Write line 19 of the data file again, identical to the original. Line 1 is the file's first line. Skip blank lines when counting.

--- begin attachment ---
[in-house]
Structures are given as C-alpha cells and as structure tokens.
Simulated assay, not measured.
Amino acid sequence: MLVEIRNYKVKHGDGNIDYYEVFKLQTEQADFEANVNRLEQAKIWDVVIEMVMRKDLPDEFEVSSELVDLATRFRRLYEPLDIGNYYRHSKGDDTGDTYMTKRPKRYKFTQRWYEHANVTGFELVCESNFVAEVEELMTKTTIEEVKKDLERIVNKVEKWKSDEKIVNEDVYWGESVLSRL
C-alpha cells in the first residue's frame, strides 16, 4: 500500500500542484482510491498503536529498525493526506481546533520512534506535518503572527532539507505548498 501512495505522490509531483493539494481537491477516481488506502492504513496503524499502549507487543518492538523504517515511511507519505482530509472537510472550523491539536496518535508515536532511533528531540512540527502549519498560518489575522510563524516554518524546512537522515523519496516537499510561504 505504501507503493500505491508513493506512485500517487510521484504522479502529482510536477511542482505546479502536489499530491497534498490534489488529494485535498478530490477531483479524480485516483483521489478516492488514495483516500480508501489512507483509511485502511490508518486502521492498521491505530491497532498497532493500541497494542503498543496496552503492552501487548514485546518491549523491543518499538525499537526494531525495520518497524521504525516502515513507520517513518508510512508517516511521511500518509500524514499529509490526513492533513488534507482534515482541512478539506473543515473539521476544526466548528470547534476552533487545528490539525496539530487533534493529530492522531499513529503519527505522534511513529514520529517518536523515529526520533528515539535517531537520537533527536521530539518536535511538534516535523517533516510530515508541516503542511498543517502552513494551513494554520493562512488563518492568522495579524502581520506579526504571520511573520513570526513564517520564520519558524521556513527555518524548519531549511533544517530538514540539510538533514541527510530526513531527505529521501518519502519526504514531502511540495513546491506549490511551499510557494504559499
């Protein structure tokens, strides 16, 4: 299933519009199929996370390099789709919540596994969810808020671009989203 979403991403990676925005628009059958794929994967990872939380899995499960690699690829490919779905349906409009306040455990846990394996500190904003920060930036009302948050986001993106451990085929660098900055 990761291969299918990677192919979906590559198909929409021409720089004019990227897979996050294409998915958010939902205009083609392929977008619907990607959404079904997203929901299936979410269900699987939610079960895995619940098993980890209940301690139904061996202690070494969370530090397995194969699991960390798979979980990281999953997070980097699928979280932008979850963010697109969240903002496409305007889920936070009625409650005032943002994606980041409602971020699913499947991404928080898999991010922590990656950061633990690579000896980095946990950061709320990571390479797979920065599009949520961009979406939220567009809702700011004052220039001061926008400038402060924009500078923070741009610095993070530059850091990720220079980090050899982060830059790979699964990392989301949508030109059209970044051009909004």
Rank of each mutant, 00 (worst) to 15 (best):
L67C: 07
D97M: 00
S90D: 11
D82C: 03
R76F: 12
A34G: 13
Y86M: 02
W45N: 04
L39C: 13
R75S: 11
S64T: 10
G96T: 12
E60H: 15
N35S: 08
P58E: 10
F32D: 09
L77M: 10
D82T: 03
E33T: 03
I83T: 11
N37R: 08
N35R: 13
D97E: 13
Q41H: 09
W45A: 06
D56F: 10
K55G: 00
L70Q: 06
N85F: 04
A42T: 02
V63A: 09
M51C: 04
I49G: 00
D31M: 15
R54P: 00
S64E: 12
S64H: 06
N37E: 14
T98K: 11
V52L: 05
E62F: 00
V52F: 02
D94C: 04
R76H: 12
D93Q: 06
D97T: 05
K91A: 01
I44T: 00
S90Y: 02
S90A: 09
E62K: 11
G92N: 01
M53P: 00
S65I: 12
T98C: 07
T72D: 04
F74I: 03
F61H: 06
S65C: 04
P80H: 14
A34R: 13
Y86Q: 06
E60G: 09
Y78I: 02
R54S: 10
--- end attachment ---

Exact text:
G96T: 12